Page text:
Salt Responds

Much of what Firas Massouh, Yoni Molad and Steve Pascoe write in response to my article is based on assumptions about how I think and how I frame events which have no relationship to how I do think or frame events. Let me deal with a few specific points in their critique, beginning with Syria. In no way did I suggest that Syria was an ‘autonomous and independent entity’ before the appearance of the French and the British. My critics claim the ‘idea’ of Syria was largely the product of ‘imperialist territorial manipulation’. In fact, it is not the ‘idea’ of Syria that was the product of territorial manipulation but the state of Syria. The ‘idea’ of Syria goes deep into history even if overlaid by the administrative divisions of the Ottoman state and its predecessors. Historical Syria included all the territory of what is now Lebanon, Syria, Israel/Palestine as well as a large chunk of what is now southeastern Turkey. It was on the map in the same way that Kurdistan was on the map even though there was no Kurdish state. The Turkish nationalists prevented the French from taking over what is now southeastern Turkey but even the rest would have constituted a very large Arab state at the heart of the Middle East, threatening French and British interests. So it had to be broken up. The people of this territory were specifically denied the opportunity to decide their own future. The argument that there was no Syria because there was no Syrian state is similar to Zionist thinking and runs parallel with the idea that there was no Palestine because there was no Palestinian state.

With regard to Syrian intervention in Lebanon, my critics put the word ‘authorised’ in quotes, as if there is something questionable about it. For the record, the Arab League did authorise the dispatch of an Arab‘deterrent force’ into Lebanon in 1976. Syria provided the force with the League’s approval. It did not intervene in Lebanon to fight Israel but to prevent the civil war from deteriorating to the point where Israel would intervene to protect its Maronite proxies. The role of Hizbullah is irrelevant because Hizbullah did not exist at the time. Syria did not want military confrontation with Israel in Lebanon or anywhere else, and it is hardly to be faulted for this given Israel’s military power, extending to the possession of nuclear weapons.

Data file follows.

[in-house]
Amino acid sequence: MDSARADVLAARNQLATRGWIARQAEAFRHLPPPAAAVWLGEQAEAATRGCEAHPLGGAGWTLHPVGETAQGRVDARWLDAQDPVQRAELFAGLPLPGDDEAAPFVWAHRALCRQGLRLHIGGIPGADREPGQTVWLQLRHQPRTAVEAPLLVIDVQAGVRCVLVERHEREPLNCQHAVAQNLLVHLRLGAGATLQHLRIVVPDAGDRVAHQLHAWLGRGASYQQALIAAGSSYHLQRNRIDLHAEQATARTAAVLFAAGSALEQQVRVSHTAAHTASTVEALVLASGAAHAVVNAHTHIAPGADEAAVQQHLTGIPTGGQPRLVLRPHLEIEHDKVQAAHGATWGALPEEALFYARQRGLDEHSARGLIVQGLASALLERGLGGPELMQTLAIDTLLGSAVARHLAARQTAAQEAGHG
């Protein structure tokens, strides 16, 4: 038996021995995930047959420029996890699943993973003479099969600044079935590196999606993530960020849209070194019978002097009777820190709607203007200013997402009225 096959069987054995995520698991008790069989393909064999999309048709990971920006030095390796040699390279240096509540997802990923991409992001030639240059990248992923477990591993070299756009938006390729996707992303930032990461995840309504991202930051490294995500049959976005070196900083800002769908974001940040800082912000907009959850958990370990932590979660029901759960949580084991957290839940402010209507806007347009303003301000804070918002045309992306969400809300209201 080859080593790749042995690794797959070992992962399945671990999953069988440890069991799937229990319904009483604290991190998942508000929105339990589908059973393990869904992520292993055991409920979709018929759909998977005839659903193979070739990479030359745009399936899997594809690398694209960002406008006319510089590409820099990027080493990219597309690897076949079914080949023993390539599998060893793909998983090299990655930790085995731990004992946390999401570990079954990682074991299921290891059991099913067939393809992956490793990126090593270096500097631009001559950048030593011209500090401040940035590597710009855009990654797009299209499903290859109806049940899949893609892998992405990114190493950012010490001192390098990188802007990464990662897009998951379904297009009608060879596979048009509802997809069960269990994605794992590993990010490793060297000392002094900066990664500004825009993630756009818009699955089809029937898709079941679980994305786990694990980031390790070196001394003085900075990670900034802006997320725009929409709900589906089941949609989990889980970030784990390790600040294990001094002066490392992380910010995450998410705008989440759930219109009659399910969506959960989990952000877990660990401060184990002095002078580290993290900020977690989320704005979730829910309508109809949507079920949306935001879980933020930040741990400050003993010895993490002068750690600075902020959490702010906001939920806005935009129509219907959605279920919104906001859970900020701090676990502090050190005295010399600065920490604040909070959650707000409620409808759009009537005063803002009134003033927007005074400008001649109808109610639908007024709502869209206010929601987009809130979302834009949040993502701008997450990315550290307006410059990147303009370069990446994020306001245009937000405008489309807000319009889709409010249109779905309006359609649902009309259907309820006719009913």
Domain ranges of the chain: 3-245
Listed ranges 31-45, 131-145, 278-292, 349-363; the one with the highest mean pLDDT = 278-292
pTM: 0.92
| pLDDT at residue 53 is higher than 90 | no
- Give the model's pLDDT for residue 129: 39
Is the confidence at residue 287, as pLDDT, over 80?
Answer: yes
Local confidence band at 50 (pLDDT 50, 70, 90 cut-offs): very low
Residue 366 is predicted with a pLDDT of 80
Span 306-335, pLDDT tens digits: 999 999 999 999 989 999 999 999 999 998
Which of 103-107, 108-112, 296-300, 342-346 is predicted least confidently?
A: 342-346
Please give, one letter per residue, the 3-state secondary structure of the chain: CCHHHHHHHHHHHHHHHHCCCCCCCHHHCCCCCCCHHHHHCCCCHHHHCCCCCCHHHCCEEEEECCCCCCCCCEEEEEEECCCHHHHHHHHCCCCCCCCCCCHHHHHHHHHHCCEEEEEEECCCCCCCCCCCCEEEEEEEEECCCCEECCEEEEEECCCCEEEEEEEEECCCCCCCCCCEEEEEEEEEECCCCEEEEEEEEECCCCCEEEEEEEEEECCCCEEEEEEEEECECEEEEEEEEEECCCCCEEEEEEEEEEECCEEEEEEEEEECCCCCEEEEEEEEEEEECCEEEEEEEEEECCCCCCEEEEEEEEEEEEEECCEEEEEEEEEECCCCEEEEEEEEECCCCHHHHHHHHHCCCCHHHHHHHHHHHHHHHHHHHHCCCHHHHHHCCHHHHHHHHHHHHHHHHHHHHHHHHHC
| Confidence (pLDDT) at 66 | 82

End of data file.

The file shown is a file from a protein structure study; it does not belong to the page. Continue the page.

I never said that Bashar was ‘loved by most if not all’ of the people. I said that he had a solid base of popular support. In my footnotes, I refer to an article by Camille Otrakji which asks what the people like about Bashar and what they don’t like. Readers should consult this for a nuanced view as opposed to media clichés. Neither did I say Bashar was ‘universally popular’ because obviously he is not and even he has admitted that. As for the threatening slogans uttered by supporters of the ‘regime’, its enemies have any number of their own, most notably ‘Christians to Beirut and Alawisto the grave’, which is where many Alawis already have ended up. Many Christians have fled to Lebanon without the soi-disant Christian leaders of the United States and Britain uttering one word in protest.

My critics deny that the United States, Britain, France, Saudi, Arabia, Qatar and Turkey are involved in a coordinated effort to bring down the government in Damascus, partly by funding an exiled ‘national coalition’ and partly by funding armed groups. This will surprise many readers because the facts are so completely against them. They say that the West ‘has not had an appetite for intervening directly in Syria the way it did in Libya or Mali’. I have to assume they have forgotten that the United States made strenuous efforts to secure a UN Security Council resolution that would have allowed open military intervention on the Libyan model, with consequences that would have been far worse, but were repeatedly blocked by Russia and China. Scarcely hidden covert intervention was the second best choice of the collective calling itself ‘The Friends of the Syrian People’. As I have written, the armed groups are their tools, whether my critics admit it not. If Saudi Arabia and Qatar cut off funding and the supply of arms—at least 3500 tons of which have been provided over the past year—the insurgency will begin to wither at its roots.